Being a teenager is hard enough. Now the COVID-19 crisis is making it even more challenging for some. From the fear of the unknown to loneliness caused by isolation, your teen is probably dealing with some big emotions.
Teens went from enjoying school, hobbies, and friends to spending all their time cooped up at home and many parents are realizing the coronavirus may be fueling anxiety.
"We have to spend more time with our children than we ever did before and we discover that maybe, maybe we don’t know them as well as we thought we did,” said Dr. Oksana Hagerty, assistant director of the center for student success and psychologist at Beacon College.
Some signs: constant fear or worry, physical problems like chronic headaches or stomachaches, a change in your child’s personality, such as irritability, difficulty sleeping, panic attacks, or withdrawing from activities.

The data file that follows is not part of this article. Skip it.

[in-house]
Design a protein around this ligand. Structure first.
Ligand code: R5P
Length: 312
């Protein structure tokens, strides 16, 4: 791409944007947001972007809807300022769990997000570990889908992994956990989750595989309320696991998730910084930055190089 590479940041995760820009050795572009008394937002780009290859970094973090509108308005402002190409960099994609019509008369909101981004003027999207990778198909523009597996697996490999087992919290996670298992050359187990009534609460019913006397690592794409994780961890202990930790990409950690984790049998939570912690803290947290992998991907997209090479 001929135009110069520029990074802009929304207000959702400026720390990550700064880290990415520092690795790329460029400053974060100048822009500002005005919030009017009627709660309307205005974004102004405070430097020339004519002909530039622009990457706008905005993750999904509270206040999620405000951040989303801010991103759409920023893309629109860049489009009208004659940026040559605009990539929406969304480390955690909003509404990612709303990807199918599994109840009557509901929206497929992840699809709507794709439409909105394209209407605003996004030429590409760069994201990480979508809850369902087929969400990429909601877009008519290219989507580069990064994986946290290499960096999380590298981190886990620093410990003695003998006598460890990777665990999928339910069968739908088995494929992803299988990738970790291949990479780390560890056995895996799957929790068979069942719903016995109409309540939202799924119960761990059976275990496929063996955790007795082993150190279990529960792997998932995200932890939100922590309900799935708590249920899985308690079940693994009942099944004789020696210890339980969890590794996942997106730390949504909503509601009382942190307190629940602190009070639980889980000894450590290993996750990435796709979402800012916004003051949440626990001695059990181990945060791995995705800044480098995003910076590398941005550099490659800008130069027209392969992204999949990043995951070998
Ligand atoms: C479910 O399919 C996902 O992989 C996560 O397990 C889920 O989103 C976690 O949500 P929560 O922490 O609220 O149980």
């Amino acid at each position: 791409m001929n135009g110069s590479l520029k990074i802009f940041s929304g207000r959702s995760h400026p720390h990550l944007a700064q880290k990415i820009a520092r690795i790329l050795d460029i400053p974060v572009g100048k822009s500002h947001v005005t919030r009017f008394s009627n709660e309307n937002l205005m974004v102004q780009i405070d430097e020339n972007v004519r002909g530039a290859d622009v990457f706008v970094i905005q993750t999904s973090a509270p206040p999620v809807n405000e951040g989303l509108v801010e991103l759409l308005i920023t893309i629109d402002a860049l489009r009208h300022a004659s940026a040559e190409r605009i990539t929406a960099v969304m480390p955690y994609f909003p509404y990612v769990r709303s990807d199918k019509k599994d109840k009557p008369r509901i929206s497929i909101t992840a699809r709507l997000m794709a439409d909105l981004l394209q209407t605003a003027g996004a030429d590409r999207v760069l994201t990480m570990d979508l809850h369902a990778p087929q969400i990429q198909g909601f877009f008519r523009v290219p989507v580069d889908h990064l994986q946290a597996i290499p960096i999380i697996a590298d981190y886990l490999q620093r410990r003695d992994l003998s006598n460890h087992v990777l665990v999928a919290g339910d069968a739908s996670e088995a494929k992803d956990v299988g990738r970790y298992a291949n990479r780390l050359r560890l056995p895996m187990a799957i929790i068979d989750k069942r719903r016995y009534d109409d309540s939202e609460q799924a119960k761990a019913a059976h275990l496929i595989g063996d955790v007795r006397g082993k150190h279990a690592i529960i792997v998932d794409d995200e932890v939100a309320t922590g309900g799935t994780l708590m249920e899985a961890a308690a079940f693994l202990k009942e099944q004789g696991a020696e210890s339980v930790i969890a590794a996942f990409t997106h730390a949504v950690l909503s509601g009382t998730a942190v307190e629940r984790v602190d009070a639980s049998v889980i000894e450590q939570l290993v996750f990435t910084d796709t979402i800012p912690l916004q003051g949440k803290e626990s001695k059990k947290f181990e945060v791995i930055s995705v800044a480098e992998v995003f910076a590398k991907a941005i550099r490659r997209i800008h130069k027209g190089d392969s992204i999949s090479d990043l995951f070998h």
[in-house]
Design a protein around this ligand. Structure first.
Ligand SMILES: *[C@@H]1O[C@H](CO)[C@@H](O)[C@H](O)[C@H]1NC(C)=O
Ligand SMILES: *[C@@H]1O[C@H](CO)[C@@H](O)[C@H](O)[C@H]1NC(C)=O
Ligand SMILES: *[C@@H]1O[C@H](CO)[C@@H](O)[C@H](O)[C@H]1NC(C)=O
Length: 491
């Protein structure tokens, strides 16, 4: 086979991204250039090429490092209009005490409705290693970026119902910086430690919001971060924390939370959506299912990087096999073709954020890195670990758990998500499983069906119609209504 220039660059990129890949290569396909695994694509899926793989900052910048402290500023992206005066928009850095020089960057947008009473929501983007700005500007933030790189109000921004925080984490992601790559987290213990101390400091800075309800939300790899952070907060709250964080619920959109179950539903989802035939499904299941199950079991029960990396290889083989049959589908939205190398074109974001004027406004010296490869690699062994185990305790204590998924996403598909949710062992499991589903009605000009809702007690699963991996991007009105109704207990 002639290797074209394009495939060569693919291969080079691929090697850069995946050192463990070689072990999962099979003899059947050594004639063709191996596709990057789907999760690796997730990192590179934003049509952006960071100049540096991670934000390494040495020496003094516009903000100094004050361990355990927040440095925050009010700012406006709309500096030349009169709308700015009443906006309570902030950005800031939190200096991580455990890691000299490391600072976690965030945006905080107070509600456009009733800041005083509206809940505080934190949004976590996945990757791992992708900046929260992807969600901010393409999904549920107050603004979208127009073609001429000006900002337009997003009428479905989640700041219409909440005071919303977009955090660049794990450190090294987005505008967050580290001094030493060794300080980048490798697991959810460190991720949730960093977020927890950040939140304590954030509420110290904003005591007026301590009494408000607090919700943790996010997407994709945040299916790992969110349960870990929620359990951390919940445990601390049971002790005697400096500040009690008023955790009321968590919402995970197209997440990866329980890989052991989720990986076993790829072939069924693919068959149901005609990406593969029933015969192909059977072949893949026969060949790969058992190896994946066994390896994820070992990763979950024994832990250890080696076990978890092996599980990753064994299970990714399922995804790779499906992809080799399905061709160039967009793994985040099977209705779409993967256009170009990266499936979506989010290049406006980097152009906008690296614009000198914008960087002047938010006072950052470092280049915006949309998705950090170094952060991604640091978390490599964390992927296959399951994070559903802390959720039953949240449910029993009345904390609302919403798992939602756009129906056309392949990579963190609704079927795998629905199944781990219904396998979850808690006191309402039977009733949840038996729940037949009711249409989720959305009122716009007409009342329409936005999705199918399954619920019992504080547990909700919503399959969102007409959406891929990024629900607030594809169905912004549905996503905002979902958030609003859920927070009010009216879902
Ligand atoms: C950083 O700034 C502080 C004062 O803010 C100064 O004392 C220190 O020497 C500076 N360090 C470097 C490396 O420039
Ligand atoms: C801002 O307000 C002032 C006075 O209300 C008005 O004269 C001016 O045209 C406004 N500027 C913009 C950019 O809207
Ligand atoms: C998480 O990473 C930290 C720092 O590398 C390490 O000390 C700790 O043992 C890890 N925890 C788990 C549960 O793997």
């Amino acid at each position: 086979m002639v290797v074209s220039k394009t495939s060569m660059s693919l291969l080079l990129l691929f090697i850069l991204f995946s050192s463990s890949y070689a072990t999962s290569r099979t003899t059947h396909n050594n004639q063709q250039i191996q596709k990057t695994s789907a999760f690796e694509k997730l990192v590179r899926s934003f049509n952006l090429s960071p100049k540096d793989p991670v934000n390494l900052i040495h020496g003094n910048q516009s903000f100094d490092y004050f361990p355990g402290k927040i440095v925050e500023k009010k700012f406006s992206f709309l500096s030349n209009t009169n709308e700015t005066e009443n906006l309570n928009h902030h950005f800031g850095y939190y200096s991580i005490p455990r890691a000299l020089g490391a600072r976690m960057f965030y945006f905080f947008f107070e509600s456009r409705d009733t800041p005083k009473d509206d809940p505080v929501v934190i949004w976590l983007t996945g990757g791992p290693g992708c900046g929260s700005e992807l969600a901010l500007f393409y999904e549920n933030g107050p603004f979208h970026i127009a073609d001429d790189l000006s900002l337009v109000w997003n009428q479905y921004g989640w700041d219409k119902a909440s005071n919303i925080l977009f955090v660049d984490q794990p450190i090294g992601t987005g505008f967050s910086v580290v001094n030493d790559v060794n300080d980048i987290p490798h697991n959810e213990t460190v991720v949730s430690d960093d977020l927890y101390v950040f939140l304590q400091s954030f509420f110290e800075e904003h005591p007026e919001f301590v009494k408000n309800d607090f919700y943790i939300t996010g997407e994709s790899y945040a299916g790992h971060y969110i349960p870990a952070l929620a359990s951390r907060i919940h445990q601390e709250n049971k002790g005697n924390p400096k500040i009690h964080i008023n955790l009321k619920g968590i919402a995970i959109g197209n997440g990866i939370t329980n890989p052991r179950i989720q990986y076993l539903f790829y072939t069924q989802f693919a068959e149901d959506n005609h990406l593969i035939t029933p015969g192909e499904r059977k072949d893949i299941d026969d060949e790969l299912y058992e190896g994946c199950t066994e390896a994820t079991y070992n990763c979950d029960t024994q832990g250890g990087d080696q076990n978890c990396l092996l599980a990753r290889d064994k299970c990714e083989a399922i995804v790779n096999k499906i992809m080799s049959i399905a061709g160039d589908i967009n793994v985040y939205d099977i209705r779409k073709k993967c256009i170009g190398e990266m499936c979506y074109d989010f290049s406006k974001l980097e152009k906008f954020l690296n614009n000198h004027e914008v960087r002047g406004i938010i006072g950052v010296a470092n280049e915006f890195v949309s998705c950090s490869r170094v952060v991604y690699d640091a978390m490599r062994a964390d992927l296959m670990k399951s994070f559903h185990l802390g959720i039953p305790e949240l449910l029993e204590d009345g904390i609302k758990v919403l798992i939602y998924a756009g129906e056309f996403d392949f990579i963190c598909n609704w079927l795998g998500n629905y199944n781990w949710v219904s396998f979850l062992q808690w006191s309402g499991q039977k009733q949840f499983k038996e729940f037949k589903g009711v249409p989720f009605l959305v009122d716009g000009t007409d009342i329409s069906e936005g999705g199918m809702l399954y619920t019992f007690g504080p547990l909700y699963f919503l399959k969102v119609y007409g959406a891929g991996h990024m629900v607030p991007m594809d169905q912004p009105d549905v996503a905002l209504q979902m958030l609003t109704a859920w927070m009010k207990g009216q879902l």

“Like, ‘Oh, maybe I shouldn’t go to college’ or ‘maybe I shouldn’t pursue that major’ or ‘maybe I should change something,’ ‘maybe I should downsize.’ These are the signs of withdrawing," Hagerty told Ivanhoe Newswire.
So how can you help?
First, recognize that their lives are turned upside down and anxiety is normal. Let them work through their feelings.
Make sure they’re getting enough exercise and sleep.
And help them find creative ways to connect with their friends like Facetime or Zoom.
Talk about their concerns a lot and offer positive feedback.
“So, catch them being good, spend more time with your child, be more attentive to your child, and build on his or her strengths," Hagerty said.
According to the National Institute of Mental Health, about 25% of 13- to 18-year-olds have an anxiety disorder.